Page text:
OLYMPUS DIGITAL CAMERAItalian Cypress donated by Phil Tacktill.

OLYMPUS DIGITAL CAMERAMontezuma Cypress donated by Brian Jackson.

OLYMPUS DIGITAL CAMERAGinkgo donated by Marty Mann.OLYMPUS DIGITAL CAMERAShimpaku Juniper donated by Mr. and Mrs. Kageo Ohara.

OLYMPUS DIGITAL CAMERACitrus donated by Dr. Howard Waldman.

OLYMPUS DIGITAL CAMERAPfitzer Juniper donated by Barbara Ajello.

OLYMPUS DIGITAL CAMERAKorean Hornbeam donated by Howard Waldman.

OLYMPUS DIGITAL CAMERAViewing stones donated by Harry Hiaro.

OLYMPUS DIGITAL CAMERANewer expansion of the Bonsai Courtyard.

OLYMPUS DIGITAL CAMERAOlive donated by Joseph Cohn.

OLYMPUS DIGITAL CAMERAHollywood Juniper donated Howard Waldman.

OLYMPUS DIGITAL CAMERAPyracanth donated by John Naka.

OLYMPUS DIGITAL CAMERAPomegranate donated by Kathy Boomsma.

OLYMPUS DIGITAL CAMERACalifornai Juniper donated by Bob Kinoshita.

OLYMPUS DIGITAL CAMERAShohin display.

OLYMPUS DIGITAL CAMERACalifornia Juniper donated by Shig Mia.

OLYMPUS DIGITAL CAMERACalifornai Juniper donated by Frank Goya.

OLYMPUS DIGITAL CAMERACalifornia Juniper donated by Bob Kinoshita.

OLYMPUS DIGITAL CAMERAJapanese Black Pine.

OLYMPUS DIGITAL CAMERAJapanese Black Pine donated by Junichi Sebata.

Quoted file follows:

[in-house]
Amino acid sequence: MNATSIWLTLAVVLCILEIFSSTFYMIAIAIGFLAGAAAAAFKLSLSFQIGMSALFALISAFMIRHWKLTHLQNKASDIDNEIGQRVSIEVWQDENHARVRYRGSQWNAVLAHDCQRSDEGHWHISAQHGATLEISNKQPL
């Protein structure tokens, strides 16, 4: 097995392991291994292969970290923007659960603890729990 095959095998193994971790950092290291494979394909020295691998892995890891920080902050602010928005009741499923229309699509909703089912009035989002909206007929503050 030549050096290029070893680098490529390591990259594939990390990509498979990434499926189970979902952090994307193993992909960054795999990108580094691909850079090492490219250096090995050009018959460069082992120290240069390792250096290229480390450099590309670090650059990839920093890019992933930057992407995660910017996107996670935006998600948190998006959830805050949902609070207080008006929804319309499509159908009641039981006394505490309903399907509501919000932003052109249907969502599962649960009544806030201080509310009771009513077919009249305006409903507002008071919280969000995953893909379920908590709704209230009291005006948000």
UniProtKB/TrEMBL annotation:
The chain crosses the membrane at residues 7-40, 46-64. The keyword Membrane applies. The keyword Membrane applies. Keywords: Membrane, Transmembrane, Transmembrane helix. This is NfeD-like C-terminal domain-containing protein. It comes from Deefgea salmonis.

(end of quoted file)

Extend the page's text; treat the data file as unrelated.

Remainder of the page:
OLYMPUS DIGITAL CAMERACoast Live Oak donated by John Naka.

OLYMPUS DIGITAL CAMERABald Cypress donated by Dung Cao in memory of Thu Cao.

OLYMPUS DIGITAL CAMERACalifornia Juniper designed by Masahiko Kimura.

OLYMPUS DIGITAL CAMERACalifornia Juniper donated Grigsby Catcus Gardens.

OLYMPUS DIGITAL CAMERAJapanese Black Pine donate by Kiyoko Yoneda in memory of Kaz Yoneda.

OLYMPUS DIGITAL CAMERAFoemina Juniper donated by Ben Oki in memory of Robert Moor.

Christmas comes early to the Bonsai Museum

Earlier this week a very jolly individual with twinkling eyes and a white beard arrived at the Museum. He had traveled a long distant in a short period of time in order to deliver some very special presents to the Bonsai Museum.

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Gary Wood, (seen here) a bonsai teacher from Muscle Shoals, Alabama had driven from Southern California to D.C. in 3 days with two very famous bonsai recently donated by bonsai artist Ernie Kuo.